Figure 6

Figure 6: Schipluiden: strike-a-lights and a nodule of pyrite (photograph B. Grishaver, Leiden University)

The third potentially special activity with which exotic flint tools were closely associated was the harvesting of cereals. The special significance of cereal harvesting is underlined by the evidence that implements involved in this activity seem to have undergone very special treatment prior to deposition. After they had been used for harvesting, the sickles were first burned, after which, their functional edges were destroyed by intentional flaking. As a final act, these edges were then rubbed with a red substance that looks like ochre (though this is still to be analysed). Several sickles from Ypenburg also display this sequence of treatment (Fig. 7). This singular, highly ritualised, attention paid to harvesting tools indicates that they held a special significance to people at the time, an attention that is echoed elsewhere. The deliberate destruction of agricultural tools once their use-life was over has also been demonstrated for the Early Neolithic querns of the Dutch Bandkeramik. These were deliberately fractured after their use-life ended (sometimes long before the quern was completely worn out) and rubbed with ochre. There are, however, no signs of burning (Verbaas and Van Gijn 2007). Because use-wear analysts have long dismissed burned flint as being unsuitable for use-wear analysis, many burned cereal harvesting tools may have been missed in the past.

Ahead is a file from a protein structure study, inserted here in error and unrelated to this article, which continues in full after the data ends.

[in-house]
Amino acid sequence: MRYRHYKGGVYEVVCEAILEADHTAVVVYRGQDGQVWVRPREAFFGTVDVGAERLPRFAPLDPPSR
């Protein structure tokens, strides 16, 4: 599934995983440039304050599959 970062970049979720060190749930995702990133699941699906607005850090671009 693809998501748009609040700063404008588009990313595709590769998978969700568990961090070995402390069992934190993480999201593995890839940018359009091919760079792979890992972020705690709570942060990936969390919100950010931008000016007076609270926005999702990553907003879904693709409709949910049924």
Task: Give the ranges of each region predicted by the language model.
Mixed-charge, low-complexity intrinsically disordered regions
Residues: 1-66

Figure 7

Figure 7: Ypenburg: imported flint used to harvest cereals and subsequently burned, broken and rubbed with ochre (photograph Q. Bourgois, Leiden)

All of the imported tools of southern flint at the Hazendonk sites of Schipluiden and Ypenburg were used intensively, were resharpened and did not display traces that could be considered 'foreign'. That is, they had never been used for typical Michelsberg activities like intensive hide scraping or the activity responsible for the development of 'polish 10'. This is a different sort of behaviour from the preceding southern Swifterbant culture, exemplified by the site of Brandwijk, and indicates a change in attitude towards the Michelsberg farmers in the south-east: Hazendonk agents apparently no longer just kept Michelsberg implements as a gift or token of their allegiance to the larger Michelsberg identity sphere, but actually appropriated them and gave them a place in their own technological system (sensu Lemonnier 1986).


© Internet Archaeology/Author(s) URL:
Last updated: Wed Jul 29 2009